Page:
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Flooring Installation Workshop: Glue Down Hardwood Floors

Posted: Wednesday, September 15, 2010

Installing glue down hardwood floors is actually an older method of installation. It offers advantages and potential pitfalls, but in the right application, glue down hardwood floors can be your best choice.

If this is your first foray into wood floors, you definitely want to think twice about glue over nails for a few reasons:

  • First is the mess. Flooring jobs are like any home improvement project-they involve a lot of mess and clean-up. This is compounded with glue.
  • Second is the risk of a failed installation, meaning failed adhesion to the subfloor.
  • Third, is the constant need to clean the area being prepped. Any kind of dust or waxy residue in the subfloor can interfere with the result.

There are pros to a glued-floor however, that make it worth considering.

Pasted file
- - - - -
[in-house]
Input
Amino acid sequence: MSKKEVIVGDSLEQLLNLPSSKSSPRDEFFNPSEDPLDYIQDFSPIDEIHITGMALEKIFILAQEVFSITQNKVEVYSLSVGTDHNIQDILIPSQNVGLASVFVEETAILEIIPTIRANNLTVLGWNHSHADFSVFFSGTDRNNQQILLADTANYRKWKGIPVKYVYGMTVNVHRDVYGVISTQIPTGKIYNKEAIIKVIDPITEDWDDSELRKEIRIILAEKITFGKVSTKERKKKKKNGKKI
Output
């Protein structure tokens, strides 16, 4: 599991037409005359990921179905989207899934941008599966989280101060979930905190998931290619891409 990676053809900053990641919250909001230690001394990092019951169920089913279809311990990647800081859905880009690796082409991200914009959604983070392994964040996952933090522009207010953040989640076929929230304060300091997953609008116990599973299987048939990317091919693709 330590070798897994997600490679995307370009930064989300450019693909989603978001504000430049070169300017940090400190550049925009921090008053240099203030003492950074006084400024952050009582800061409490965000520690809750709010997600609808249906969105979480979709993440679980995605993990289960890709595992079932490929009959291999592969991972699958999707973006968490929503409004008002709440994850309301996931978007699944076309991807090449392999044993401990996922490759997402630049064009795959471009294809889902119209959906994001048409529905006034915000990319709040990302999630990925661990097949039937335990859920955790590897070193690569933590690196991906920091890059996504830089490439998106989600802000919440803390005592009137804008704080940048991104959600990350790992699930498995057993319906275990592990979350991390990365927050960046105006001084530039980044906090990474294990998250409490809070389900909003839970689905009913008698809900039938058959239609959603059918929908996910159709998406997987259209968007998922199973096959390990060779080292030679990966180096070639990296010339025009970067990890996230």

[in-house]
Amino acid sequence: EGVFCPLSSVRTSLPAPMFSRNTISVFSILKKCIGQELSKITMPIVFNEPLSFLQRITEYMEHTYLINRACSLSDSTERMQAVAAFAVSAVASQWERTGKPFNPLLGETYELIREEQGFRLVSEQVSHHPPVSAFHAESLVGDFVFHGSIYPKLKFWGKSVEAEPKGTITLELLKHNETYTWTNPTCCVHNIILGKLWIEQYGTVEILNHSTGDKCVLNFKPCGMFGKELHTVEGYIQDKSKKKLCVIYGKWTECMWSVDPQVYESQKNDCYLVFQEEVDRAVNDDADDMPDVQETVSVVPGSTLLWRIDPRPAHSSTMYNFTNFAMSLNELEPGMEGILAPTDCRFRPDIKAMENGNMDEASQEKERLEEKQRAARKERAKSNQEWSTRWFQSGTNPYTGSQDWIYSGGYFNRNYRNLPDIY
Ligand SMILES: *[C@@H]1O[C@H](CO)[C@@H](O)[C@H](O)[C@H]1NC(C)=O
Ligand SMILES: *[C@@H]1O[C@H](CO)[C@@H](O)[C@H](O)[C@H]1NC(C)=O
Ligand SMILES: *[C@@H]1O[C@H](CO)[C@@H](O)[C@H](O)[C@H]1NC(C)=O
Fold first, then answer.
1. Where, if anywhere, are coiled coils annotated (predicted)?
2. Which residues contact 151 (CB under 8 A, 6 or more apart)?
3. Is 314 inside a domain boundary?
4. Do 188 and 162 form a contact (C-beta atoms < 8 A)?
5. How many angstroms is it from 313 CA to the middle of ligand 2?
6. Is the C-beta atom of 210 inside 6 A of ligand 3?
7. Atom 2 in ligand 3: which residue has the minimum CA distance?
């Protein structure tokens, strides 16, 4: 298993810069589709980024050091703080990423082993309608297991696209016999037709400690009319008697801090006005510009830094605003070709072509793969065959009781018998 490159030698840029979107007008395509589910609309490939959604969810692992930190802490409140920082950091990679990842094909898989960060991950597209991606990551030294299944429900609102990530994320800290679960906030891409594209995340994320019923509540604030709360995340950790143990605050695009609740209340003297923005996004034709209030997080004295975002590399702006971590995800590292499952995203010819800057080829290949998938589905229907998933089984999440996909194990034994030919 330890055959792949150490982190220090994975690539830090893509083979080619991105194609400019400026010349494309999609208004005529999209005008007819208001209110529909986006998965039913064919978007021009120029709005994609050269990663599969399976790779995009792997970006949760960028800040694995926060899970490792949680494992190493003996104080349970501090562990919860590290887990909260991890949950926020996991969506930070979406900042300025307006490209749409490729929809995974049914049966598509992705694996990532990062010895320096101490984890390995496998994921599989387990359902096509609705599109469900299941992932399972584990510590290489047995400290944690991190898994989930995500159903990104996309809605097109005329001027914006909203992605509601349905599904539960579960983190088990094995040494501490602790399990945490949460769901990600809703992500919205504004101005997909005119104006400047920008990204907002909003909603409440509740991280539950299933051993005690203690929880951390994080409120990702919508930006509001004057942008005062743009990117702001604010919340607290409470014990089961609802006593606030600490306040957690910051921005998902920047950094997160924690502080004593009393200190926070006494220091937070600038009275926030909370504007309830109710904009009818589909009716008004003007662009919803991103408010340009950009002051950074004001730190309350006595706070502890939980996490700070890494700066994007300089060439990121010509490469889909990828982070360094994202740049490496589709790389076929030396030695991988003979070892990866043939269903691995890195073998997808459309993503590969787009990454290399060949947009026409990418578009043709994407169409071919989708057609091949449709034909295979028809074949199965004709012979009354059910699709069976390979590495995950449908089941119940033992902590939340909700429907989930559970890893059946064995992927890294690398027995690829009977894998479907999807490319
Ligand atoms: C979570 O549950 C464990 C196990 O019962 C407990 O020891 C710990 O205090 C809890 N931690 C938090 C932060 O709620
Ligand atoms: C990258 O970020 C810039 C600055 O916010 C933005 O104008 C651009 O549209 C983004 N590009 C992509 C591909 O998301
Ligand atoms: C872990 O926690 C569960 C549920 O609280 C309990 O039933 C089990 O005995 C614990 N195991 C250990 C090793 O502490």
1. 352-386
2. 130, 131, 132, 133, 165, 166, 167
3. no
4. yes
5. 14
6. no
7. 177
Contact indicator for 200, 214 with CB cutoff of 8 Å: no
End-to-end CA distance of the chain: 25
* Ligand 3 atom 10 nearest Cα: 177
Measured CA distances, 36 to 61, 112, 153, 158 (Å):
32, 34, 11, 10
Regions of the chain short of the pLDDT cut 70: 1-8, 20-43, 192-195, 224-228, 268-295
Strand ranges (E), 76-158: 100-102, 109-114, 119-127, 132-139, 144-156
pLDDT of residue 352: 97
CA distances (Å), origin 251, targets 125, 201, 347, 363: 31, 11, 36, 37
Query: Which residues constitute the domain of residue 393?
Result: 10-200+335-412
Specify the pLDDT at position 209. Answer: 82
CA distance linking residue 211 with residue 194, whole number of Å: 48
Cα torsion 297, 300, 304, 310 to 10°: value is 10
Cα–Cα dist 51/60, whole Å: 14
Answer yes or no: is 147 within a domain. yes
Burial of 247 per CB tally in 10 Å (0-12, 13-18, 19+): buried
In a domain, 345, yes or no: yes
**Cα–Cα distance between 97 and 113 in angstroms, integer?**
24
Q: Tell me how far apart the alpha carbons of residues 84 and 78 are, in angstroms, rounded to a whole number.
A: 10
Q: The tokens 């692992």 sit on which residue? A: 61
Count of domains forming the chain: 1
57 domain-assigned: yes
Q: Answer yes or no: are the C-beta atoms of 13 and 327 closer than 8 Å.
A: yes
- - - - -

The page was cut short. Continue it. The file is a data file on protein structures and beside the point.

• It is more stable and less prone to buckling due to expansion and contraction.
  • It offers an alternative to floating floors when applied over a concrete slab. Floating floors need a very flat slab surface or a premium underlayment to compensate for unevenness.

The most important single choice with glue-down floors is adhesive. This is not a choice that you can fix easily if you choose poorly. Manufacturers recommendations should be followed, and can cost $.80 or more per square foot. A bargain here is no bargain.

Also carefully consider the flooring thickness you choose. Because you are not using nails, it is risky to use 3/4" flooring. It will have trouble conforming to the contours of the floor. For this reason, engineered hardwoods ranging in thickness from 1/4" to 5/8" work better. Many products intended for glue-down include relief cuts in the back of the flooring to allow it to better conform. These also provide better surface adhesion.

Glues come in a variety of types, including water-based, urethane based, and acrylic. Urethane is the common choice for pros. All of the products available today are lower in VOCs than their counterparts of yesteryear.

The tools for glue-down flooring are mostly the same as for nailed or stapled, except you will need a shop vacuum to keep each area clean as you work it, a good supply of appropriate solvent, and a grooved flooring trowel. You will also want to plan to make your cuts in another room to keep dust out of your work area.

Once you're finished, you'll be pleased with your glue down hardwood floors and the stability it offers.